Guardian sports reporter Matt Turner sits down with Jason Clark to find out what Wire fans can expect from their new forward...

WHEN one of the world’s greatest players calls someone one of their best ever teammates, it tends to make people sit up and notice.

That is how Sam Burgess described Jason Clark, with whom he played at South Sydney Rabbitohs for almost a decade on and off.

It is difficult to pay Warrington Wolves’ new signing a finer compliment and it is clear he wears it like a badge of honour.

He may never be a player that comes up with a game-changing moment, but that suits him just fine.

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“I was never a flashy player who could step three players and throw a flick pass,” he said.

“A lot of things I do on the footy field will go unnoticed, but as long as my teammates notice I am happy.

“The game is evolving so much and fans want to see exciting football.

“As a kid growing up, though, I got told that sometimes boring football wins games.

“People do want to watch games that are exciting and I fully understand that, but I’m never going to be that flashy player who will risk a big play for excitement.

“If my job is sticking the ball under my arm, carting it up, getting tackled and playing it, I’ll do it.

“I just like to be there for my teammates. Not just in football, but in life in general.

“Things aren’t always smooth sailing and sometimes people can be too proud to let anything out.

“Personally, I like to get closer to blokes beyond football.

“I’ll always be around for them if they need a hand with anything or a shoulder to lean on.”

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Warrington Guardian:

When Clark’s signature was announced back in June, it made waves on both sides of the globe.

Wire fans were welcoming as always, but there were plenty of Souths fans who were incredibly sad to see him go.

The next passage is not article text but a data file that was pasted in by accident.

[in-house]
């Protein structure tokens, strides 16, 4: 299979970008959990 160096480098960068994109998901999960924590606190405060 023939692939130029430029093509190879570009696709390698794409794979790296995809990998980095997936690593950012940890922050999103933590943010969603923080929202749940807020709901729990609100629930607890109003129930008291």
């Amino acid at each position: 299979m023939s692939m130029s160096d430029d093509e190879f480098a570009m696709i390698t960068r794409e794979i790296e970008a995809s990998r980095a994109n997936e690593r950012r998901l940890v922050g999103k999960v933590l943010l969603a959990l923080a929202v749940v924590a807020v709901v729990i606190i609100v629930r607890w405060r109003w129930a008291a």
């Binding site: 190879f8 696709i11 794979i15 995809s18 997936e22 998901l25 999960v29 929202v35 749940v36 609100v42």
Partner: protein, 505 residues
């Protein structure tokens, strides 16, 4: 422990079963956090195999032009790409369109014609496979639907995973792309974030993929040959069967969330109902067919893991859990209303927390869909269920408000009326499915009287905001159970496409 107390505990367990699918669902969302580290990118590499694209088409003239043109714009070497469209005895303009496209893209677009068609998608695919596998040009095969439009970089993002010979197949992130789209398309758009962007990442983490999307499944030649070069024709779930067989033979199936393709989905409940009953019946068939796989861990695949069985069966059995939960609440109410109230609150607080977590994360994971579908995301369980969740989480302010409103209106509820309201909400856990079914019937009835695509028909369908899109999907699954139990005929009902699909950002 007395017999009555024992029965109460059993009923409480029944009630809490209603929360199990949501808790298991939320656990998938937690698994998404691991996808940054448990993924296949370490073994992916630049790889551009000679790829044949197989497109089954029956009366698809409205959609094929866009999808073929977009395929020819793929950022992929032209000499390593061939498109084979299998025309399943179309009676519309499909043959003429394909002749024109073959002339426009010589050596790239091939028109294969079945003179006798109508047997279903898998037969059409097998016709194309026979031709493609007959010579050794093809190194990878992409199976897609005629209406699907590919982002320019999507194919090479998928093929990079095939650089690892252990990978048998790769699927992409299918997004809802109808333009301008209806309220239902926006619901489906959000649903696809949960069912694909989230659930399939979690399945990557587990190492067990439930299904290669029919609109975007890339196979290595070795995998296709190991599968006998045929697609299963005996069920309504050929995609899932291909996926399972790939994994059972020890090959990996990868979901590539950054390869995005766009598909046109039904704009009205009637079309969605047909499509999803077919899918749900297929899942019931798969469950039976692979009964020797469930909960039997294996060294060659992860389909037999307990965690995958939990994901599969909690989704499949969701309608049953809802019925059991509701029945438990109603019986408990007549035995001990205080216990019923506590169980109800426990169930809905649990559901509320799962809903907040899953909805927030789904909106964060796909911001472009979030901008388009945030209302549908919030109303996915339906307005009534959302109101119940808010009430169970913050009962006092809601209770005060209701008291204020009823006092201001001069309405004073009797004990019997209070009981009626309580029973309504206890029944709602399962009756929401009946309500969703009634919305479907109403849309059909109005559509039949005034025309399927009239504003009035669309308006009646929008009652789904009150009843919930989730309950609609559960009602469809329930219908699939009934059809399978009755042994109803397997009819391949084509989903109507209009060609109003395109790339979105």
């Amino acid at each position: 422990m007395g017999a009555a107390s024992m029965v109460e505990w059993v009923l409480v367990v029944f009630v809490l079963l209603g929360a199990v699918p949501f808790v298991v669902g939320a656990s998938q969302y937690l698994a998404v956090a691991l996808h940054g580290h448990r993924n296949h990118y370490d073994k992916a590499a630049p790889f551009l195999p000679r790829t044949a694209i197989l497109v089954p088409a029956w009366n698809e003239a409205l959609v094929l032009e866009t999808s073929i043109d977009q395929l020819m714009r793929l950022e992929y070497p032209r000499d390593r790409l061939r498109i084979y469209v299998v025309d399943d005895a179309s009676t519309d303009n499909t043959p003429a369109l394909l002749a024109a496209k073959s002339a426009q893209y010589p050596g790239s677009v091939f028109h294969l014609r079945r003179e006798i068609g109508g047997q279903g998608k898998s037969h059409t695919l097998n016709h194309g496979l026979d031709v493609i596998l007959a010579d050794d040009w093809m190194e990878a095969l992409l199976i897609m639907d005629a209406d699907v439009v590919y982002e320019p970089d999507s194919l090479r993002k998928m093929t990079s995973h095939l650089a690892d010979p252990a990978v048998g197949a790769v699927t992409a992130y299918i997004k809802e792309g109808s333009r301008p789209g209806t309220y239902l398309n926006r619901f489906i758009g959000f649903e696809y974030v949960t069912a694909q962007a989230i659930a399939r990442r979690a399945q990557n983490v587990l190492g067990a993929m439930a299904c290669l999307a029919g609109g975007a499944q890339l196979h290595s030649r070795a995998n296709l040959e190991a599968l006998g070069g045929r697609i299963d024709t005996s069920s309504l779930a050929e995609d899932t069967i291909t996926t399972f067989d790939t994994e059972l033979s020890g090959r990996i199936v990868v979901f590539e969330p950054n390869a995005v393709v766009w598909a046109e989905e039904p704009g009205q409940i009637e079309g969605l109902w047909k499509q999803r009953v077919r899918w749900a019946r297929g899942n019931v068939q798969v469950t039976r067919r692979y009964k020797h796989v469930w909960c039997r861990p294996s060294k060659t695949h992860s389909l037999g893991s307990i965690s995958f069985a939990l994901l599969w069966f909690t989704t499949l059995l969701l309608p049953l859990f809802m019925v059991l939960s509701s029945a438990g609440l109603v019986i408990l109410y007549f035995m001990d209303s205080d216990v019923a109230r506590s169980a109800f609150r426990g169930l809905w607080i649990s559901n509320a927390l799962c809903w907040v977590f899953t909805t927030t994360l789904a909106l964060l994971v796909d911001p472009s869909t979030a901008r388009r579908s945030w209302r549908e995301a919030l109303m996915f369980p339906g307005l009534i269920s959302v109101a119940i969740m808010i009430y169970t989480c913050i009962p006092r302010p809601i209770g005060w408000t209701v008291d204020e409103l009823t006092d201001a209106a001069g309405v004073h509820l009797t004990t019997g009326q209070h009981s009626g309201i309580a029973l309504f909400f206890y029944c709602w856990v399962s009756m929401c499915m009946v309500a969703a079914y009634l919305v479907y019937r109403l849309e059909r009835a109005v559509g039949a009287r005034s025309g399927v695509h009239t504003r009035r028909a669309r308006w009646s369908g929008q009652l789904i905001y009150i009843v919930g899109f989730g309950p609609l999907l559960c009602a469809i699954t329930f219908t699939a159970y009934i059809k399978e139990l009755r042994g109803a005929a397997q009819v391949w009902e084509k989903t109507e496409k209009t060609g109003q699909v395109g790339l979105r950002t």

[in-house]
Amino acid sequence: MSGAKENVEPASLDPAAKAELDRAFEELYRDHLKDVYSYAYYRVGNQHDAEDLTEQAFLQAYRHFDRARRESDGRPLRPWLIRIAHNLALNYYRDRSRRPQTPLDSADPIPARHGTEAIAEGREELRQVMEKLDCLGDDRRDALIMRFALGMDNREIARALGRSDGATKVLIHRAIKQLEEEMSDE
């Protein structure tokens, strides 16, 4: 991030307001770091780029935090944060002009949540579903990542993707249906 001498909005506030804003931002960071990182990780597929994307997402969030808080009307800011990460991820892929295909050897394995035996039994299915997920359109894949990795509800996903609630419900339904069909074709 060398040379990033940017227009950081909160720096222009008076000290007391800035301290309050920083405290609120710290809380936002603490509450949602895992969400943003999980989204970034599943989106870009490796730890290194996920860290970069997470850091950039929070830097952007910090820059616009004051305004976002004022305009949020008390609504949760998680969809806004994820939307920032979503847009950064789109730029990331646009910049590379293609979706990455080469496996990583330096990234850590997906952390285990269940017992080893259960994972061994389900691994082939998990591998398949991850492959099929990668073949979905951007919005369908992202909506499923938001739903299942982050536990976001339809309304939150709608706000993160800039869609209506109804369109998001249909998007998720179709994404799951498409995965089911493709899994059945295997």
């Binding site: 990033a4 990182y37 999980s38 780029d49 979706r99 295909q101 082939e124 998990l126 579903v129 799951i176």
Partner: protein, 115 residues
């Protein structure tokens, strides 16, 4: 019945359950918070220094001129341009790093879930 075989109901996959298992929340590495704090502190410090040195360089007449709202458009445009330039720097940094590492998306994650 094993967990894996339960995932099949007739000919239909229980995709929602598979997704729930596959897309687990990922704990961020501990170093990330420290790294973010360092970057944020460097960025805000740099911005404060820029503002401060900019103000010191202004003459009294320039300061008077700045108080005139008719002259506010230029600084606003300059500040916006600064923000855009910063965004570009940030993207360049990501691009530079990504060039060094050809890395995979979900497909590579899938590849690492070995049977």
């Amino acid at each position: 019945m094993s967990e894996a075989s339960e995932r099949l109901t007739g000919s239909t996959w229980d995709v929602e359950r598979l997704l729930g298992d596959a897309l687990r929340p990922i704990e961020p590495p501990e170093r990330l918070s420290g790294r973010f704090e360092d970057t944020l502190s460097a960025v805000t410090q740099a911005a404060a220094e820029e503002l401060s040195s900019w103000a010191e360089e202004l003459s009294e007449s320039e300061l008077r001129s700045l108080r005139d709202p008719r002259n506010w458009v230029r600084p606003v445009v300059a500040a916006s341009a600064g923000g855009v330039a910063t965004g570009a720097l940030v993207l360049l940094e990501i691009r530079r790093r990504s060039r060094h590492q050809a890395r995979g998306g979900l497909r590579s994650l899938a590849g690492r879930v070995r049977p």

When the time came for him to move to England, the club held a farewell dinner in his honour. 300 people turned up.

Clark is red and green through and through, but now he has new colours to battle for and he has already set about trying to turn the Sydney suburb he was raised in primrose and blue.

“Footy was never drummed into me. We always supported Souths and my Dad played local football for a bit,” he said.

“Mum and Dad never drove me towards football, but I always loved the game growing up.

“As a kid, I slept in my football kit so you were up ready for the game, then I’d wear it all day.

“I played for the Coogee Randwick Wombats from four up until 18. My Dad played for them and my eldest daughter Milla played for them, so it’s three generations.

“I grew up in Botany, right near the airport. Botany Road leads past Redfern Oval where Souths played and into Sydney.

“Everywhere around there is red and green. It’s very rare you’ll find someone who doesn’t go for Souths there.

“Souths made 250,000 rabbit stickers and I think Botany must have a fair few of them.

“I want to speak to the club here and get some Warrington stickers to send back home and hopefully, there will be a fair few of those around!

“I’ve had a lot of people contact me from back in Australia who have bought my jumper. It’s a great system over here having a squad number and your name on it.

“Seeing that from back home definitely puts a smile on my face.”

Warrington Guardian:

The upheaval of a move to the other side of the world is one that can put the truest of characters under great pressure.

When Clark, his wife Lauren and daughters Milla, Andi and Billie came to England, they had a key ally in making the place feel like home.

Wire centre Bryson Goodwin is a good friend from their days playing together at Souths and the two families spent Christmas together in France.

“I came through at Souths into first grade in 2009 and Bry came in 2013,” he said.

“We’d always catch up every now and then and when he came over to England, we sent him off with a nice dinner with wives and partners.

“I’ve been so lucky to have Bry over here, and so have my wife and my daughters.

“We spoke as it became clear that I was coming over to Super League. He just reassured me about how good Warrington were as a club.

“He had signed with Leigh and had whatever went on with them but he says he is so lucky it worked out the way it did.

“He and everyone else I have spoken to about Super League said I would be in great hands here and I can see that now.

“We got here before Christmas. It’s everyone’s favourite time of year but my wife loves it.

“She went mad buying all the decorations and stuff. She decked the house out with everything to make it look more like home.

“My Dad travelled with us to make sure we got settled in. My wife's sister and her fiancée were travelling around Europe so they called in as well.

“Friends have said they’re going to drop by while we’re here, so it definitely feels a lot more like home.”

Warrington Guardian: